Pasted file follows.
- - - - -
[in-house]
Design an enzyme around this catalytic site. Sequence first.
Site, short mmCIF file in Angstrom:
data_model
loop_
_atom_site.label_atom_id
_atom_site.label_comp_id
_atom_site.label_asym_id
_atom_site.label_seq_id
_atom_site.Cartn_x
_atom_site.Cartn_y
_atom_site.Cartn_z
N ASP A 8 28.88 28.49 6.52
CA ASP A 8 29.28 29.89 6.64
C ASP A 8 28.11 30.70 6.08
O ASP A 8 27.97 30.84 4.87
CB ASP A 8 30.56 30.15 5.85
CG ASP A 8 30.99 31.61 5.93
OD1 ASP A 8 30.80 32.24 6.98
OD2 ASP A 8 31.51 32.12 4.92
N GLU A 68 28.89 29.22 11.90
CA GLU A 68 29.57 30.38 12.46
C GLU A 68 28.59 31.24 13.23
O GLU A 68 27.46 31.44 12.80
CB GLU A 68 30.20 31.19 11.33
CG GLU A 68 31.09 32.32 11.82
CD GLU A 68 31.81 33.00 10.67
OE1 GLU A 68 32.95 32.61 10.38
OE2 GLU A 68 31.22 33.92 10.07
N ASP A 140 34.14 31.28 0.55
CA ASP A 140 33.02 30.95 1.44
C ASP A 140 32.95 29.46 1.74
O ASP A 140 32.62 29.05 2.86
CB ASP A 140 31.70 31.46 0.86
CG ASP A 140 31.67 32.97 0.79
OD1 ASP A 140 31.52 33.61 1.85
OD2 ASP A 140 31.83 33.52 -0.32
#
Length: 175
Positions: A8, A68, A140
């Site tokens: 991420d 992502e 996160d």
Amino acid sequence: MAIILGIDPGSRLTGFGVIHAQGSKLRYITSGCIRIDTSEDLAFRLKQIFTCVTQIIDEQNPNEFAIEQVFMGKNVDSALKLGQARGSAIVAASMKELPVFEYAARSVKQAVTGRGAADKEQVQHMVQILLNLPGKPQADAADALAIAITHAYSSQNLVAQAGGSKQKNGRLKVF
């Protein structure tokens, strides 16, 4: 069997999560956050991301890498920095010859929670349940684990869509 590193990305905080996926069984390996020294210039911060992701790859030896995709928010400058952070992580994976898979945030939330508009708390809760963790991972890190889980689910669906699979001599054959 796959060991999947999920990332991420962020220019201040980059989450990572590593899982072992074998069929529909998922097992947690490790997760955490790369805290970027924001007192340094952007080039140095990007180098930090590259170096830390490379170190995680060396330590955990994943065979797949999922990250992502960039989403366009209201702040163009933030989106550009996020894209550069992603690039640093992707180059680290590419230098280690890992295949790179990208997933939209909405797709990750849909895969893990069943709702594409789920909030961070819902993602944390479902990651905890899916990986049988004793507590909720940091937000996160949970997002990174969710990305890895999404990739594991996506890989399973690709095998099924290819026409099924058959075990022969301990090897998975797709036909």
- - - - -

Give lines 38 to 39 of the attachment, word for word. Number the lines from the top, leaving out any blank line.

#
Length: 175